The most commonly accepted measure of corrosion protection is the -0.85 volt criterion established by the National Association of Corrosion Engineers (NACE). If a structure's voltage potential is below -0.85 volts, one should assume that it will corrode if exposed to air and water. If the voltage potential is -0.85 volts or greater, one should assume that the structure is protected against corrosion. In rare cases, exceptions to this rule exist but they are beyond the scope of this discussion.
I have measured unprotected readings at many UST sites where galvanic zinc or magnesium anodes are attached to the tanks or pipes. I have also found unprotected tanks and pipes where impressed current rectifier systems were installed. An inspector does not have to figure out why the readings are high or low. All the inspector has to know is weather or not the reading meets the -0.85 volt criterion. If a reading is low, the inspector should note where the reading was taken and what he was connected to when the reading was taken. If a rectifier system is present, he should record the voltage and amperage output of the rectifier.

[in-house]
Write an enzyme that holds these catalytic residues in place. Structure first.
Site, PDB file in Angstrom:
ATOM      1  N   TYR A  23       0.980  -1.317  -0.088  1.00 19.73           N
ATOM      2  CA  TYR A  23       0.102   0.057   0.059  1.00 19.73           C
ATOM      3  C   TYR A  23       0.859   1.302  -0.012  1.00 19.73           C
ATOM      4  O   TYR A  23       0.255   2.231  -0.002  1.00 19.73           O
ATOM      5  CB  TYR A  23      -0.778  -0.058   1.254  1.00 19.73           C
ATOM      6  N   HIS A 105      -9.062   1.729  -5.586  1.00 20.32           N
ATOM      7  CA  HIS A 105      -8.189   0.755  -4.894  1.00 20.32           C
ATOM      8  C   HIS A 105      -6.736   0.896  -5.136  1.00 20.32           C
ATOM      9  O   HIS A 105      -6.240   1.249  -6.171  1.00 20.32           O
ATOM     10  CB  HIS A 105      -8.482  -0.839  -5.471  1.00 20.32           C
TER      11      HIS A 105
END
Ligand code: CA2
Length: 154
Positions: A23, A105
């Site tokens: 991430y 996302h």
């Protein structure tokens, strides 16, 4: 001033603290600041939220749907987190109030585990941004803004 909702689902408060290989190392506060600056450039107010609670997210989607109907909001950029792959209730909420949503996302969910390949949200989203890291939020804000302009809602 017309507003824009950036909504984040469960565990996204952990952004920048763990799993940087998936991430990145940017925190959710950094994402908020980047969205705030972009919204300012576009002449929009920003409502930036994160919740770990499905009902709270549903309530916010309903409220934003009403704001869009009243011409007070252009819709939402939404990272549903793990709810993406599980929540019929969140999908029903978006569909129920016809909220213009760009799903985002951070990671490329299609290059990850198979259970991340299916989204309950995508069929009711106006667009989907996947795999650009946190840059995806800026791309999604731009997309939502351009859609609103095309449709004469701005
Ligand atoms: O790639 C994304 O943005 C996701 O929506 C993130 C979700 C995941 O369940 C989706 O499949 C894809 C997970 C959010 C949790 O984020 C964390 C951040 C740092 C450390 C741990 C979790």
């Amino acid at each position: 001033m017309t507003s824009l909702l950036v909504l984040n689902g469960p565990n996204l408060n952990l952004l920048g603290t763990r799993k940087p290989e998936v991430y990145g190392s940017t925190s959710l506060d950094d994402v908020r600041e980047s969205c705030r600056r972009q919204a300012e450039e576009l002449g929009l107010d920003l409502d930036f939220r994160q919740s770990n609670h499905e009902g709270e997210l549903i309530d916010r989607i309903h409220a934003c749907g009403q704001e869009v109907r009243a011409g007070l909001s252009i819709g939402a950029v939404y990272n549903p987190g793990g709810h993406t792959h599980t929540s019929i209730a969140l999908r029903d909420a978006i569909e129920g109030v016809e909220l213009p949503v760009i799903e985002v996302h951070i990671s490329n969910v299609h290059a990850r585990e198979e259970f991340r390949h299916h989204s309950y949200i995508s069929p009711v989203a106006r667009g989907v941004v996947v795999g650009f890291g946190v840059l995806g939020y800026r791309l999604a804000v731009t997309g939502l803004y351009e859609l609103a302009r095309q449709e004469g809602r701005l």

|Commercially Pure Magnesium||-1.75|
(6% Al, 3% Zn, 0.15% Mn)
|Commercially Pure Aluminum||-1.6|
(clean and shiny)
|-0.5 to -0.8|
|-0.2 to -0.5|
|Cast iron (not graphetized)||-0.5|
|Mild steel in concrete||-0.5|
|Copper, brass, bronze||-0.2|
|High silicon cast iron||-0.2|
|Mill scale on steel||-0.2|
|Carbon, graphite, coke||+0.3|
Typical potential normally observed in neutral solls and
water, measured with respect to cooper sulfate reference electrode.